My Winner: George C Scott

patton

My Nominations: George C Scott. James Earl Jones. Jack Nicholson. Peter Boyle. George Segal.

This is quite tough as there honestly are not too many other notable performances this year  – I could have had Richard Harris for Cromwell, John Cassavetes for Husbands, Sutherland or Gould for MASH, but I don’t think they are as strong as what I have picked. Therefore my only additions are Peter Boyle as Joe and George Segal for Loving – two worthy additions, though only Boyle really stands a chance of winning.

My Winner: George C Scott

Who would you choice as the Best Actor of 1970? Let us know in the comments!

Baskin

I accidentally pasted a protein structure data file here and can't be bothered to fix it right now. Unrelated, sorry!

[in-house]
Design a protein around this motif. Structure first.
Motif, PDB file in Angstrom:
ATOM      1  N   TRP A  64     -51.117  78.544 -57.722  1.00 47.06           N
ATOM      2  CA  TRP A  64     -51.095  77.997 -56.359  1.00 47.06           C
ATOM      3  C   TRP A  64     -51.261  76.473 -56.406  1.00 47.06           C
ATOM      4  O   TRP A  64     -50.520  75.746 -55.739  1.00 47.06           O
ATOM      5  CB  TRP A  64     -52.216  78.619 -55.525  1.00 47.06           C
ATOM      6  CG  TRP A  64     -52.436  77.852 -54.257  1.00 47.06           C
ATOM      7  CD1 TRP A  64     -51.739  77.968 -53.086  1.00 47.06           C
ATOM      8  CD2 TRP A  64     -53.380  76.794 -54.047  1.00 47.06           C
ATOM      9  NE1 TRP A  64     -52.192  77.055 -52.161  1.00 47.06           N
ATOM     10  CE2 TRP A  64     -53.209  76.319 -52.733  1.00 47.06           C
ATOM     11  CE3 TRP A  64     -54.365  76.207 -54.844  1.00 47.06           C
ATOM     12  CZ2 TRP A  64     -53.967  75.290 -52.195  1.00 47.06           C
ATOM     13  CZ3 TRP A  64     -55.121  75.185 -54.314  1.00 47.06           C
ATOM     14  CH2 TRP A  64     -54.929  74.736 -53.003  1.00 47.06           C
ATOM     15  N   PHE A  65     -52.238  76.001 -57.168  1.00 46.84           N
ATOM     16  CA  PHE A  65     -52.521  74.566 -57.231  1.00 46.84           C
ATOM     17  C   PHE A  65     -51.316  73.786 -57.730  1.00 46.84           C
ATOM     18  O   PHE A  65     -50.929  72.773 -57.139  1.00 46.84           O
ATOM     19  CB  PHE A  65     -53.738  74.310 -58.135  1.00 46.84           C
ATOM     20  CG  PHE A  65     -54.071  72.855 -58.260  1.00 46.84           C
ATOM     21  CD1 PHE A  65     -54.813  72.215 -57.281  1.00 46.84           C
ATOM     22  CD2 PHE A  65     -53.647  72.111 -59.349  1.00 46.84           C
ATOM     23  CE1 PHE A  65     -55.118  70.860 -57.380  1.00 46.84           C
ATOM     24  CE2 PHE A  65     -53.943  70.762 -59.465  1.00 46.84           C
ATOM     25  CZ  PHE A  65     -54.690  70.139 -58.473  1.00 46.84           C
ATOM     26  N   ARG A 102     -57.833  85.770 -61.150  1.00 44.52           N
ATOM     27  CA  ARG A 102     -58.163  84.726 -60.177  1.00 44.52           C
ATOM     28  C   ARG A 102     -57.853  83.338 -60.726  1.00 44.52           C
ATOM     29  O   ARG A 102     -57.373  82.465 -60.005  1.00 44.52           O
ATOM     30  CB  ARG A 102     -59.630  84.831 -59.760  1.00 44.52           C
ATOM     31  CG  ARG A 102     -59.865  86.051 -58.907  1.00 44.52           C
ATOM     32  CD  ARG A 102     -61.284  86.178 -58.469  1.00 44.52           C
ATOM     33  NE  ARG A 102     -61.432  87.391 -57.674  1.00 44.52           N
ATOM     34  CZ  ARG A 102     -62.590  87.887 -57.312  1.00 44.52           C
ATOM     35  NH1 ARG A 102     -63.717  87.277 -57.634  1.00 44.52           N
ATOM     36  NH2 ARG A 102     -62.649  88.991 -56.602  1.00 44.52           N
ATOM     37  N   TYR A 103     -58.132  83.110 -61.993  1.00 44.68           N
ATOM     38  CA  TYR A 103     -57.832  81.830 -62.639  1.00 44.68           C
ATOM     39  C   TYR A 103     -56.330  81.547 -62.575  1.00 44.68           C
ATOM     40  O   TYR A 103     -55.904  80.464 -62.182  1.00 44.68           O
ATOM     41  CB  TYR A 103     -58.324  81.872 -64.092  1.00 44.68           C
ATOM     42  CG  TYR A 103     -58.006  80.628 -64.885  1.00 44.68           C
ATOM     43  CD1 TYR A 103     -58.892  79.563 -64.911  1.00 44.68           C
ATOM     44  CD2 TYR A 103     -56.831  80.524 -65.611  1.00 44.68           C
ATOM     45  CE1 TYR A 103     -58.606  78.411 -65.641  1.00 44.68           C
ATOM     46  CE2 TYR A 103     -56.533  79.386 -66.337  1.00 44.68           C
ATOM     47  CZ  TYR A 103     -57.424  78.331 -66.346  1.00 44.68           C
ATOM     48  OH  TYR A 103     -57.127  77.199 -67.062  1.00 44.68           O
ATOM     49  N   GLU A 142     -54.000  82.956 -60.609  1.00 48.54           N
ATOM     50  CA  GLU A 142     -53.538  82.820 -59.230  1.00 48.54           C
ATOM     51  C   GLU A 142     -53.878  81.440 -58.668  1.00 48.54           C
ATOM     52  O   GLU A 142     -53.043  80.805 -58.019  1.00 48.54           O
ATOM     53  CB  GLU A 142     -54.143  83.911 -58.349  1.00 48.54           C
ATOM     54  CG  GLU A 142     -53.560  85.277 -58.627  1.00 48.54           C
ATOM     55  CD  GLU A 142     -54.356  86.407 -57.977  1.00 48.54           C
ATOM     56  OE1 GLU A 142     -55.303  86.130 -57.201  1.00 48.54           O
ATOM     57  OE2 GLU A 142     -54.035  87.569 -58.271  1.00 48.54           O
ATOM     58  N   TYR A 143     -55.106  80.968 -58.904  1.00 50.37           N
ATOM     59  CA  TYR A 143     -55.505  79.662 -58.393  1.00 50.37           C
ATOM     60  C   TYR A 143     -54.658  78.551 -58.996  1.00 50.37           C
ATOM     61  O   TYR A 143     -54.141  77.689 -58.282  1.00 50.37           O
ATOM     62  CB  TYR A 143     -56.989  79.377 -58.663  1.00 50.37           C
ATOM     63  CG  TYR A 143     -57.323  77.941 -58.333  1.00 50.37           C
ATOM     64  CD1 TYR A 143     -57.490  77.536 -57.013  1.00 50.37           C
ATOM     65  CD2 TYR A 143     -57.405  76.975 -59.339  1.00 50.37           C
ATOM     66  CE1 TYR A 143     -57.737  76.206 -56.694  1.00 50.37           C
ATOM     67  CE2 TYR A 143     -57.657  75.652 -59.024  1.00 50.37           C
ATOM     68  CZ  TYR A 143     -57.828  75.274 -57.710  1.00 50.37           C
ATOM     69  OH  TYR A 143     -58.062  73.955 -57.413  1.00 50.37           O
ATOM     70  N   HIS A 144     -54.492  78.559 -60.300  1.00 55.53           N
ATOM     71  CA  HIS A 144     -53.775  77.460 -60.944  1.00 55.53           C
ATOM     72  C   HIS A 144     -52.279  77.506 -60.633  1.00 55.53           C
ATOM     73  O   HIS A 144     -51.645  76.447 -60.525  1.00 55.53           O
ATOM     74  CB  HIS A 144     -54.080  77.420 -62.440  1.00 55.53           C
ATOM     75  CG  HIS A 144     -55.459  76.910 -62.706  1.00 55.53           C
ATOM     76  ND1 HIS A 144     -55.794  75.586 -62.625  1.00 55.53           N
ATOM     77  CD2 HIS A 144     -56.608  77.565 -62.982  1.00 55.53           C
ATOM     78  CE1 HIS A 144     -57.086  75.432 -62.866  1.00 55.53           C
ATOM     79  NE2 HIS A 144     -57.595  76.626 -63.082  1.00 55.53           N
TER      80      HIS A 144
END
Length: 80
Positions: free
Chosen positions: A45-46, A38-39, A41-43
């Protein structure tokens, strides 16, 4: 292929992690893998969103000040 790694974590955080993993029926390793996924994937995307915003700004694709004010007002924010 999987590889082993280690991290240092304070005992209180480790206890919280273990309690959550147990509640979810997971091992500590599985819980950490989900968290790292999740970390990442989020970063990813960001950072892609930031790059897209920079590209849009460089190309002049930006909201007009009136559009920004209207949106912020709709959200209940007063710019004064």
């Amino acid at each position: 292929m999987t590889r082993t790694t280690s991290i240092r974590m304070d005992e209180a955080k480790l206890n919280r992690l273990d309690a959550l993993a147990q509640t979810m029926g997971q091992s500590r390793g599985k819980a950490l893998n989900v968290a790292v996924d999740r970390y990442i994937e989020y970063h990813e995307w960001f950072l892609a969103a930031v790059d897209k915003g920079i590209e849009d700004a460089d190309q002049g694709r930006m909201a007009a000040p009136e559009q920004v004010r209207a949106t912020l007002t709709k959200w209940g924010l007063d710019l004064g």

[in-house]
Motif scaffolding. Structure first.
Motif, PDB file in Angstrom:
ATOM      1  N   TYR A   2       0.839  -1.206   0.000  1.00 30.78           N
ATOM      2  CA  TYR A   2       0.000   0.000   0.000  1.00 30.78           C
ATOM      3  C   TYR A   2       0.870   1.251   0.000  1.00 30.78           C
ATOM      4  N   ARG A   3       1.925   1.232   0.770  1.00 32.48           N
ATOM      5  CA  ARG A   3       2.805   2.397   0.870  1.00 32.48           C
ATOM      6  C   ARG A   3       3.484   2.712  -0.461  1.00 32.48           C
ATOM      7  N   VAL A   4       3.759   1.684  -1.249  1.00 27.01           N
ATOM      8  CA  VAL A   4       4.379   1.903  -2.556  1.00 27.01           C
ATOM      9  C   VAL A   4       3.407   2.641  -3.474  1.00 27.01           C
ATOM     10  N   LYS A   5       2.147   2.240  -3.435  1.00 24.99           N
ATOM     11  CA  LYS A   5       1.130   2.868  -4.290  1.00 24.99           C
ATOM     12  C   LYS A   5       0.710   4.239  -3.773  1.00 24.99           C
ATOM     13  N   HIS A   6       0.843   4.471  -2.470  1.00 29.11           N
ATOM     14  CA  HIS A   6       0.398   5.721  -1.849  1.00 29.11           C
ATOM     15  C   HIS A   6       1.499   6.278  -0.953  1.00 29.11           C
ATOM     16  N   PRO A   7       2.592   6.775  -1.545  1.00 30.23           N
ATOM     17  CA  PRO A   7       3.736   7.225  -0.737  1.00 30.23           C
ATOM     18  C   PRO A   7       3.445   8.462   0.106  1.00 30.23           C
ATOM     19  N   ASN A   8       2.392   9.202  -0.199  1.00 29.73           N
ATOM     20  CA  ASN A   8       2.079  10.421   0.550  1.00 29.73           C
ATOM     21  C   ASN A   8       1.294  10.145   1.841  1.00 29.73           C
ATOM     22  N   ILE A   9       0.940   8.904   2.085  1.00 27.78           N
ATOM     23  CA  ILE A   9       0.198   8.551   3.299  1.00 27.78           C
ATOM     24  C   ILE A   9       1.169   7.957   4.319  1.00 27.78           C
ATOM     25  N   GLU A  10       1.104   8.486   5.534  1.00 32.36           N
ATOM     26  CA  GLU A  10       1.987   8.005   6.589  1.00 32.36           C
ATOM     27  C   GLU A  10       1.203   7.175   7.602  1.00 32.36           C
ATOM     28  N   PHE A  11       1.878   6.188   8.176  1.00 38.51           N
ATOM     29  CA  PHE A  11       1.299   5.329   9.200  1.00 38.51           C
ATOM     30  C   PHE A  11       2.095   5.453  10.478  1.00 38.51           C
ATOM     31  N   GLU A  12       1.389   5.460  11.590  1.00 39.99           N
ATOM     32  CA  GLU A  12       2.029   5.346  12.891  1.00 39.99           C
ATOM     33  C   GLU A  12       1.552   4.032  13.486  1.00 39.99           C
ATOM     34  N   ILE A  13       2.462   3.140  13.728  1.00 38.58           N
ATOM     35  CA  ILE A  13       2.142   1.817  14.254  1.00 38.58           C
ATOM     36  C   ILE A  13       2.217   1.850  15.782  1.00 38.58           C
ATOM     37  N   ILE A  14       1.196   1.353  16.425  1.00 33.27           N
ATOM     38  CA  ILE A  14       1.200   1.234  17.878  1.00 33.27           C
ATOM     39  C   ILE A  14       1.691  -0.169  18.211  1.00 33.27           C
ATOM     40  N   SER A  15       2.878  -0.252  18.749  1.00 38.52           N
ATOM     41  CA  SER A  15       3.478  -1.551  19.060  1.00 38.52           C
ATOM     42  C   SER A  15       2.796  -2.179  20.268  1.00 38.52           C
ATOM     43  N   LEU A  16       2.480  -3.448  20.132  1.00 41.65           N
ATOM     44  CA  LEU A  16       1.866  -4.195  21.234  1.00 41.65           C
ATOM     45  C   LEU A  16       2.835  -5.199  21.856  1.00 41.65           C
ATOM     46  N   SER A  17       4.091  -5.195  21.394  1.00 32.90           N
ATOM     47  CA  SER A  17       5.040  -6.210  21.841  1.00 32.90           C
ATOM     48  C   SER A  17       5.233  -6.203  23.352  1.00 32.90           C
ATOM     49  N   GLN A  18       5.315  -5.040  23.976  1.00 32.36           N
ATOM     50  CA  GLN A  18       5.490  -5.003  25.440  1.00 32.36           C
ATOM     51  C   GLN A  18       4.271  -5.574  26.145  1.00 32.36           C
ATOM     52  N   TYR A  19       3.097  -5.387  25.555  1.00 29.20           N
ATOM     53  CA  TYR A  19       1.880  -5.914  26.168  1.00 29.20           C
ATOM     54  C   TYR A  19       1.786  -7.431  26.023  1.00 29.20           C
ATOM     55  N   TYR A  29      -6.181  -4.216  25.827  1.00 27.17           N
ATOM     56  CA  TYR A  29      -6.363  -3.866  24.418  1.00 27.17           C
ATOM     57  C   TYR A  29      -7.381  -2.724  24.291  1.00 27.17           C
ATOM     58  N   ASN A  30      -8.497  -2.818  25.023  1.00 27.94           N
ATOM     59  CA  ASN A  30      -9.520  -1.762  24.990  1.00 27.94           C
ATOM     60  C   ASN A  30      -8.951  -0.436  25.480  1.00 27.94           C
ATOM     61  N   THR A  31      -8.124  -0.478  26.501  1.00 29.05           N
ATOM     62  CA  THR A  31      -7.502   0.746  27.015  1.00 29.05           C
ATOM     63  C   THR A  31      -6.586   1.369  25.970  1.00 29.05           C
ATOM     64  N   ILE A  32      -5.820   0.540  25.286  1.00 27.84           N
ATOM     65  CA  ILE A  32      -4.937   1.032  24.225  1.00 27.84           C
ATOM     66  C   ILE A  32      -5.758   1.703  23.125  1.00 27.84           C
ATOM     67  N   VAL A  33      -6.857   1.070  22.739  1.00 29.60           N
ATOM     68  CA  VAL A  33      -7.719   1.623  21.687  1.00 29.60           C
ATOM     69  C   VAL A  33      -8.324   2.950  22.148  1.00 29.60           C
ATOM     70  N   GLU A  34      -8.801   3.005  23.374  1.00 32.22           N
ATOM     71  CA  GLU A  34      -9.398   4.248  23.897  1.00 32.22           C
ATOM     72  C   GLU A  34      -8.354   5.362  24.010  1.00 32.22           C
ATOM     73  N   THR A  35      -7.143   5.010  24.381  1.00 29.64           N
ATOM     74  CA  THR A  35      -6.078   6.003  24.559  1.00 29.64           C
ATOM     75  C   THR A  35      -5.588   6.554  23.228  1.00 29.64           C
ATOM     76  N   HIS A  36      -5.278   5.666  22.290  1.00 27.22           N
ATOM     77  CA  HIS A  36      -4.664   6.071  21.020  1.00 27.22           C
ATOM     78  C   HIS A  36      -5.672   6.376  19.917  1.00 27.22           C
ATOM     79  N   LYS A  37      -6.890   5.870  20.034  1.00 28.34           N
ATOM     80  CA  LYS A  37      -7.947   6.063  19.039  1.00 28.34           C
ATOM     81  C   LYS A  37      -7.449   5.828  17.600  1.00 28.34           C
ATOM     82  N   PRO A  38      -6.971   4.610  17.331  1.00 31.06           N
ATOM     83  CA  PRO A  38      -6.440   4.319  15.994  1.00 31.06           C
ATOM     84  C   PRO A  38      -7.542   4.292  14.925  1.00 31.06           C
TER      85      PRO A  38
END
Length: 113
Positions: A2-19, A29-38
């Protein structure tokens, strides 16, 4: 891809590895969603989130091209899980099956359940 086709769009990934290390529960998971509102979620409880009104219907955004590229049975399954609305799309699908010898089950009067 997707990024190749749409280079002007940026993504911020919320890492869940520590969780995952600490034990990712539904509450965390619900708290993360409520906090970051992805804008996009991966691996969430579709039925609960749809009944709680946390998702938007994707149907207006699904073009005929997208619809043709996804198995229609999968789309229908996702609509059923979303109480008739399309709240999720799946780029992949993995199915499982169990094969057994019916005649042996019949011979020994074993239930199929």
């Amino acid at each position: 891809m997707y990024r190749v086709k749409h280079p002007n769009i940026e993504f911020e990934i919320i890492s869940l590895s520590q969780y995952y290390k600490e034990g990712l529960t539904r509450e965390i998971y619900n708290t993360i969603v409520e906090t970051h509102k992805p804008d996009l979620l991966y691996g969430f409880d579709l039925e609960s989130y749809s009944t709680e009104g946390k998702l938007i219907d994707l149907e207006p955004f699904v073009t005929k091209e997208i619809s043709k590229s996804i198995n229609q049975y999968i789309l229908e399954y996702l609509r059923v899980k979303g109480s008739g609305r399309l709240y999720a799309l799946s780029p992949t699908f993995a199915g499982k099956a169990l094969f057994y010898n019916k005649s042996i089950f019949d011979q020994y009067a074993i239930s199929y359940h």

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A Turkish horror movie about a bunch of cops who somehow end up in Hell? Sign me (the hell) up! Except, that’s not really what happens. This is a Turkish Horror film – yep, but one which has more in common with the surreal elements of Lynch and Dali. It follows a bunch of cops, but they’re all assholes. Whether or not they end up in Hell is up for interpretation, like the rest of the movie. Basically I was going in expecting Aliens, but ended up experiencing a cross between Vinyan and Triangle – watch the latter, not the former.